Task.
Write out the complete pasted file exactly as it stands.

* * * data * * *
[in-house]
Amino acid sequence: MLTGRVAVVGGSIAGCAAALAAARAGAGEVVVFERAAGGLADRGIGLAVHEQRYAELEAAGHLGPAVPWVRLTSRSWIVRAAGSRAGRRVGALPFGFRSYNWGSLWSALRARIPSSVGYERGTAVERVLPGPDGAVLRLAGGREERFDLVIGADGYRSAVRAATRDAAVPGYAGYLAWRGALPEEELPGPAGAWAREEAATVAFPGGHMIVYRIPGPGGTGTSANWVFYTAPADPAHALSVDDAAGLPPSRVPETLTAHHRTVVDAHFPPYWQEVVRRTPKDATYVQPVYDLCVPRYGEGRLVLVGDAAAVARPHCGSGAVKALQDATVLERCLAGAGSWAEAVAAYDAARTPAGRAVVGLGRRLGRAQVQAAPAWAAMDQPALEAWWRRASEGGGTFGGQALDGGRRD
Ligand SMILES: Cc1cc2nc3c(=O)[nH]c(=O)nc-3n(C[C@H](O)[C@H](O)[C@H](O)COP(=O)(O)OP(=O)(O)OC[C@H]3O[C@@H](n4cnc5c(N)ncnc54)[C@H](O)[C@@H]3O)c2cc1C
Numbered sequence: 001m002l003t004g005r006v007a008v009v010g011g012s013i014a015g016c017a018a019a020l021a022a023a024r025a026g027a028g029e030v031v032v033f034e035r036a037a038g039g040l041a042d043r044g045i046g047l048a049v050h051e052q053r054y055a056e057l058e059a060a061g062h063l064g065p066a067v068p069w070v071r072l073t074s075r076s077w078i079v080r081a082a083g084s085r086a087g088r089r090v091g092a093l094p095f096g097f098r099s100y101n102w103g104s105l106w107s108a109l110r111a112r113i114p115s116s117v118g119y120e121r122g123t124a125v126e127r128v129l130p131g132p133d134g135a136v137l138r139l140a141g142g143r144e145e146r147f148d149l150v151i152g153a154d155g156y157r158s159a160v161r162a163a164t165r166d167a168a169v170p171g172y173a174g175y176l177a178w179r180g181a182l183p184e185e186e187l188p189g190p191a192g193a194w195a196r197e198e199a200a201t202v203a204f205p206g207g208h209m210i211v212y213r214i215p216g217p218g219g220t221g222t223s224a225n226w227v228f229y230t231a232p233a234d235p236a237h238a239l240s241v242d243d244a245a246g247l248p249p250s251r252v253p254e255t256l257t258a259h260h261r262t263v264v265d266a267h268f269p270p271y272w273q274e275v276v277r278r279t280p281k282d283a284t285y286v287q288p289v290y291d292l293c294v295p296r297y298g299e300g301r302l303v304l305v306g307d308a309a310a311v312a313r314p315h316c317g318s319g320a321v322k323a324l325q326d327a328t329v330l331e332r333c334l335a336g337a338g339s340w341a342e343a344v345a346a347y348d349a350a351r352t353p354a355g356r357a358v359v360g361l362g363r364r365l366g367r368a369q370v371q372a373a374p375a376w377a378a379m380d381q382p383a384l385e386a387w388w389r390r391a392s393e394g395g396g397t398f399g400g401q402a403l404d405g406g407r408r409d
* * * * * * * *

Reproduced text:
[in-house]
Amino acid sequence: MLTGRVAVVGGSIAGCAAALAAARAGAGEVVVFERAAGGLADRGIGLAVHEQRYAELEAAGHLGPAVPWVRLTSRSWIVRAAGSRAGRRVGALPFGFRSYNWGSLWSALRARIPSSVGYERGTAVERVLPGPDGAVLRLAGGREERFDLVIGADGYRSAVRAATRDAAVPGYAGYLAWRGALPEEELPGPAGAWAREEAATVAFPGGHMIVYRIPGPGGTGTSANWVFYTAPADPAHALSVDDAAGLPPSRVPETLTAHHRTVVDAHFPPYWQEVVRRTPKDATYVQPVYDLCVPRYGEGRLVLVGDAAAVARPHCGSGAVKALQDATVLERCLAGAGSWAEAVAAYDAARTPAGRAVVGLGRRLGRAQVQAAPAWAAMDQPALEAWWRRASEGGGTFGGQALDGGRRD
Ligand SMILES: Cc1cc2nc3c(=O)[nH]c(=O)nc-3n(C[C@H](O)[C@H](O)[C@H](O)COP(=O)(O)OP(=O)(O)OC[C@H]3O[C@@H](n4cnc5c(N)ncnc54)[C@H](O)[C@@H]3O)c2cc1C
Numbered sequence: 001m002l003t004g005r006v007a008v009v010g011g012s013i014a015g016c017a018a019a020l021a022a023a024r025a026g027a028g029e030v031v032v033f034e035r036a037a038g039g040l041a042d043r044g045i046g047l048a049v050h051e052q053r054y055a056e057l058e059a060a061g062h063l064g065p066a067v068p069w070v071r072l073t074s075r076s077w078i079v080r081a082a083g084s085r086a087g088r089r090v091g092a093l094p095f096g097f098r099s100y101n102w103g104s105l106w107s108a109l110r111a112r113i114p115s116s117v118g119y120e121r122g123t124a125v126e127r128v129l130p131g132p133d134g135a136v137l138r139l140a141g142g143r144e145e146r147f148d149l150v151i152g153a154d155g156y157r158s159a160v161r162a163a164t165r166d167a168a169v170p171g172y173a174g175y176l177a178w179r180g181a182l183p184e185e186e187l188p189g190p191a192g193a194w195a196r197e198e199a200a201t202v203a204f205p206g207g208h209m210i211v212y213r214i215p216g217p218g219g220t221g222t223s224a225n226w227v228f229y230t231a232p233a234d235p236a237h238a239l240s241v242d243d244a245a246g247l248p249p250s251r252v253p254e255t256l257t258a259h260h261r262t263v264v265d266a267h268f269p270p271y272w273q274e275v276v277r278r279t280p281k282d283a284t285y286v287q288p289v290y291d292l293c294v295p296r297y298g299e300g301r302l303v304l305v306g307d308a309a310a311v312a313r314p315h316c317g318s319g320a321v322k323a324l325q326d327a328t329v330l331e332r333c334l335a336g337a338g339s340w341a342e343a344v345a346a347y348d349a350a351r352t353p354a355g356r357a358v359v360g361l362g363r364r365l366g367r368a369q370v371q372a373a374p375a376w377a378a379m380d381q382p383a384l385e386a387w388w389r390r391a392s393e394g395g396g397t398f399g400g401q402a403l404d405g406g407r408r409d